Thanks for your comment, today. Of course! They’re all monetary systems. These are real, digital currencies. There may be nothing concrete or tangible about them, but their buying capabilities count just as much as cash.
My worry surrounds the desensitization and dissociation from the tangible components. The research tends to support this concern, as well.
Time will tell,
Not only are more people using plastic for purchases in person, more people are making more of their purchases online. It’s cheaper to buy parts for my computer online, even with shipping, than it is at BestBuy. In the Seattle area, you can even buy groceries on Amazon! My understanding is that they are even price competitive with stores like Trader Joes.
This is a really good point! Should’ve shared that developing part of consumer culture: Online shopping. Alas, for a future article, perhaps. 🙂
I have long been an Amazon Prime member, but I think I’ll let that expire this year. Don’t really need the super-fast shipping anymore. It’s pretty much always cheaper to buy in stores.
Thanks for the comment!
I don’t see a real problem in using plastic over cash; one has to be responsible and careful with his spending no matter which form of payment is preferred. I believe the main reasons for the Credit card craze are convenience, ease and security, that is ALL. If your CC is stolen or lost purchases can be stopped, your cash on the other hand is long gone.
I’m abroad right now and glad to own the thin plastic devices as I always have the correct currency and appropriate amount on hands. No worries, no hassles. I’m lucky if I have $10 – now 10 Euros – for a fresh crusty baguette!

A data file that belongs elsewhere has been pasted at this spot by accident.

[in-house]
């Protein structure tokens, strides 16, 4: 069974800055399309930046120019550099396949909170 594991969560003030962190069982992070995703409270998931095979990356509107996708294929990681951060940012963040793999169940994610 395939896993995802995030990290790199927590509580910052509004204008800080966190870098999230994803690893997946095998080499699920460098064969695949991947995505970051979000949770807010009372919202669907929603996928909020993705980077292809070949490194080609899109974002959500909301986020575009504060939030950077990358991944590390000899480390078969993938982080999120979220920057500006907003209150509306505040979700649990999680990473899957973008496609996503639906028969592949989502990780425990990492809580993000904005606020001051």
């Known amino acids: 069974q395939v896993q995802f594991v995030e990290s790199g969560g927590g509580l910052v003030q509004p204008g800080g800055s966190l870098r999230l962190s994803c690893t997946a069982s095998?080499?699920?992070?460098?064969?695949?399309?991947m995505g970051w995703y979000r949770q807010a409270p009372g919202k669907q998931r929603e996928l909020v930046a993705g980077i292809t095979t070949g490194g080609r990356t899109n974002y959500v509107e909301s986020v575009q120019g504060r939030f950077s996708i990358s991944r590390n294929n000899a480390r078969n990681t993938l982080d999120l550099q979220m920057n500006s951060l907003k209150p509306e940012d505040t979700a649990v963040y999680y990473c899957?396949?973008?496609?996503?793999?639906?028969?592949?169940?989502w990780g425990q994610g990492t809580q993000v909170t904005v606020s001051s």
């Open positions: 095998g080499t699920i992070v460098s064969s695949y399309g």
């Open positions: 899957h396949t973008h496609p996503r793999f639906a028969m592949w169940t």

This is called progress, why the need for cellphones while we managed very well without them before, why a Kindle when one can buy, borrow, rent books, why a GPS when we can purchase a much cheaper map or Google directions ahead. Progress, convenience, laziness, needs to follow the trend….
Thank you so much for following along and commenting on this article! It’s much appreciated.
I think credit cards are convenient and easy – just like you said. But, those adjectives are scary when it comes to spending. Now, it’s easy to spend (too much).
Traveling internationally with a credit card is a smart currency conversion decision. If you have a card with zero conversion fees, you’re getting the best rate possible, and possibly some cash back on your purchases.
You’re right about this progressive, evolutionary change. I completely agree that this is where we are headed. But, to that point, can we better prepare ourselves for the mental test that results from that thin card in our wallets?
All the best,
I’m a millennial and I use DR’s plan. He doesn’t tell us to cut up our debit cards, just that if we want to get out of debt we need to eliminate the tool that keeps us on the revolving wheel.